A former Deloitte accountant who helped to probe the collapse of Barings bank is to play a key role in overhauling Barclays' business practices following its fine for manipulating the Libor interbank interest rate.
I have learned that Russell Collins, who recently retired as a partner at Deloitte, is to act as the deputy to Anthony Salz, who was last month appointed to head the inquiry.
Mr Collins, who spent time on secondment to the Bank of England and heads the City watchdog's practitioners' panel, is understood to have been recruited by Mr Salz in recent days.
People close to Barclays also revealed on Thursday night that the Salz review would be assisted by BCG, the consulting firm, after the big four accountancy practices were all ruled out by the Barclays board amid concerns about potential conflicts of interest.
Mr Salz will report the findings of his inquiry into Barclays' culture and business ethics ahead of the bank's annual meeting next spring.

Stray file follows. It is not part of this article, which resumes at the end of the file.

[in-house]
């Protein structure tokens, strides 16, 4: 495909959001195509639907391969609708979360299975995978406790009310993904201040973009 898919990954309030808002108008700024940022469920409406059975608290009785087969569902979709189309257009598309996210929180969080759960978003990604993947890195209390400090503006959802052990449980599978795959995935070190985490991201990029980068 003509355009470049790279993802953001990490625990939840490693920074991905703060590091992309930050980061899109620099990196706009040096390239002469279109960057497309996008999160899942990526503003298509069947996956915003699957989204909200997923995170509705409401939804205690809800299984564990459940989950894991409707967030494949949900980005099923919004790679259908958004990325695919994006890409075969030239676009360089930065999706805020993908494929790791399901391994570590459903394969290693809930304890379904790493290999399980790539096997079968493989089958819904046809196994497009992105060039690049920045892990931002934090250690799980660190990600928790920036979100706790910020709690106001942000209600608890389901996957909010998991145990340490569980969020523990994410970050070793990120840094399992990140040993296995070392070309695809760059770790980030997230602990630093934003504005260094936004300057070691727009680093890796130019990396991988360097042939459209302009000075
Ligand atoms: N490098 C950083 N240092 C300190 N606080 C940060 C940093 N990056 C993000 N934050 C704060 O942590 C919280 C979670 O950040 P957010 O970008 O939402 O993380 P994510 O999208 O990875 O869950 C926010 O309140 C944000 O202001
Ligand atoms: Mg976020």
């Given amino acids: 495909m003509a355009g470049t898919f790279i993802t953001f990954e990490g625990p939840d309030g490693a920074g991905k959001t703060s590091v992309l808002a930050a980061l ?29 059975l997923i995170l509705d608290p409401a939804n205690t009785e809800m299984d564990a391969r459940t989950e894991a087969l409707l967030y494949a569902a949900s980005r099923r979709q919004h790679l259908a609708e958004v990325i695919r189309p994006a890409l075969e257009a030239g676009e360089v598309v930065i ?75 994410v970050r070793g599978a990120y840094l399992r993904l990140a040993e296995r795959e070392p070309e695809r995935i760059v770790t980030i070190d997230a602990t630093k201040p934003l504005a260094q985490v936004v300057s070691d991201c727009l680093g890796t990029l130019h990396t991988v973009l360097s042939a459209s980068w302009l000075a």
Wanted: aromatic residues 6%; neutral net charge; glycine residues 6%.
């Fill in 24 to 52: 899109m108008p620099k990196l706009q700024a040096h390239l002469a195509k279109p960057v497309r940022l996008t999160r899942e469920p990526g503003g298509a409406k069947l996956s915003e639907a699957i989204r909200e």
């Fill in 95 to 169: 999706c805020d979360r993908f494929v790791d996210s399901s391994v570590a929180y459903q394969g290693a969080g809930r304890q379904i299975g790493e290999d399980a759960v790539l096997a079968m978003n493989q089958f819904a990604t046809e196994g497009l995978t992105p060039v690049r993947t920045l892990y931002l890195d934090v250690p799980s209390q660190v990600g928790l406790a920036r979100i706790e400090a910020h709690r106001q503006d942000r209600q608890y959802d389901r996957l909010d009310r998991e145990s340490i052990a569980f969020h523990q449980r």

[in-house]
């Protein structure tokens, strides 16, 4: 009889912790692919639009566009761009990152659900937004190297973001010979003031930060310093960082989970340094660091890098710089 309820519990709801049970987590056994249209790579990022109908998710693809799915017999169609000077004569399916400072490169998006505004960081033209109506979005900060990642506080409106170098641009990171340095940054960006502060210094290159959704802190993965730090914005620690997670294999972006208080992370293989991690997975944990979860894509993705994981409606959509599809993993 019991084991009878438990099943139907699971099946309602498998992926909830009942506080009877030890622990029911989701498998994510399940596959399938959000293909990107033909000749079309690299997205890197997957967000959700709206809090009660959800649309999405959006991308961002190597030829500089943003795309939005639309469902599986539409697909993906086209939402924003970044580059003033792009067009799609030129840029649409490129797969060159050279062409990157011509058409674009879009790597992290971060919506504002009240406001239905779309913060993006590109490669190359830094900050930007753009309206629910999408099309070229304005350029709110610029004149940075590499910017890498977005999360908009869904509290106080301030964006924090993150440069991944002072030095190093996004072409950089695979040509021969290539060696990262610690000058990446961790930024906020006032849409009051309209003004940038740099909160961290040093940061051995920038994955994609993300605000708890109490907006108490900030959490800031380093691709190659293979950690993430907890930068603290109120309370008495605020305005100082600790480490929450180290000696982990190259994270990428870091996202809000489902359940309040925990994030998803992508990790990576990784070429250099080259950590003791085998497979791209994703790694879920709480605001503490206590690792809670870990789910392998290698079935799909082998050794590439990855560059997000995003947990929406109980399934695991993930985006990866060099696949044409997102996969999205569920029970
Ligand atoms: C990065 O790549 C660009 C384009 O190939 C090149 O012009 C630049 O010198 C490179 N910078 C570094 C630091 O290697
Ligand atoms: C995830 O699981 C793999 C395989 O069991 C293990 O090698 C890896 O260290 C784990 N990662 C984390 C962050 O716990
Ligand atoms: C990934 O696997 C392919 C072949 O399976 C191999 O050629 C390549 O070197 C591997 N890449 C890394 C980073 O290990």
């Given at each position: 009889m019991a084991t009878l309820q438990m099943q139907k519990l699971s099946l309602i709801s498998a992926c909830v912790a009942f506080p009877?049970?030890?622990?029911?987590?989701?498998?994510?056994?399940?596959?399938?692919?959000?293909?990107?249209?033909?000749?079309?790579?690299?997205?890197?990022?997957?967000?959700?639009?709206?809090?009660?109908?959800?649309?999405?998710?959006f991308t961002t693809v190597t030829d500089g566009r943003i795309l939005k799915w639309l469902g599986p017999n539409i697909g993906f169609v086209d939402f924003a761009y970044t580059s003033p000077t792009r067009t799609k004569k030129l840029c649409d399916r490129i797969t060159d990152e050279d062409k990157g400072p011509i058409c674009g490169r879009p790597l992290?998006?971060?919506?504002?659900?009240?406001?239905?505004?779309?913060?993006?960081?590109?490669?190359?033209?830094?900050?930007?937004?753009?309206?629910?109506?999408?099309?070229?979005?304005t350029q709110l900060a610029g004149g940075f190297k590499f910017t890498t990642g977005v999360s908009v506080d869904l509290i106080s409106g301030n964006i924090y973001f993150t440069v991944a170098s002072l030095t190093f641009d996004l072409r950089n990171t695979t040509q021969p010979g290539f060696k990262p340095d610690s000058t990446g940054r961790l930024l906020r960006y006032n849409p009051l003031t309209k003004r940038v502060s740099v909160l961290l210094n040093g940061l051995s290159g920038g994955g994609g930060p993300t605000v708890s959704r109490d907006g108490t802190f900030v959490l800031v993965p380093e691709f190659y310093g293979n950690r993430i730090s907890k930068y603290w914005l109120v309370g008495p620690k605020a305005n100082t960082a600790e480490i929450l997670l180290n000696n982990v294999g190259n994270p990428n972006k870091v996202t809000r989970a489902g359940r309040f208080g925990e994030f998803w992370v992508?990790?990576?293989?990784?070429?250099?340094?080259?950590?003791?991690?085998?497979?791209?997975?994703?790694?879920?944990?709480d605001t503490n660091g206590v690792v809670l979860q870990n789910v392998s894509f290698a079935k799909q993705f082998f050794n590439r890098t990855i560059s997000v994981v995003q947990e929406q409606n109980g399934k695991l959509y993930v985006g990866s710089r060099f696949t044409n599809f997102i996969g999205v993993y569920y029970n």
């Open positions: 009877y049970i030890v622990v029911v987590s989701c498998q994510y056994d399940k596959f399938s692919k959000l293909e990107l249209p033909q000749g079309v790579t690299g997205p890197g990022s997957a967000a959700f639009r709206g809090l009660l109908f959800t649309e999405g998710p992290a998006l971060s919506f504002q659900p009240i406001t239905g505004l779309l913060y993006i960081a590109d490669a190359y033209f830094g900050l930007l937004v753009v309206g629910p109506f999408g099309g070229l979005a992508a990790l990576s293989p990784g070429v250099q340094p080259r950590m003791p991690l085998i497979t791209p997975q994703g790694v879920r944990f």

The probe and its recommendations are likely to form a crucial part of Barclays' efforts to rebuild its reputation among employees, customers, investors and regulators.
It was fined almost £300m for attempting to rig the Libor rate both for the financial gain of traders and to imply a false impression of its health during the 2008 banking crisis.
The punishment led to the resignations of Marcus Agius, its chairman, Bob Diamond, chief executive, and Jerry del Missier, chief operating officer.
This month MPs on the Treasury Select Committee accused Mr Diamond of providing misleading evidence on the affair, an accusation he denied.
Barclays intends to make a submission to a separate inquiry into banking standards headed by Andrew Tyrie MP. The deadline is on Friday.
Barclays is not the only British bank to have suffered serious reputational blows in recent weeks. HSBC and Standard Chartered have faced the ire of US regulators over transactions relating to Mexican and Iranian customers respectively.
Barclays declined to comment on Thursday night.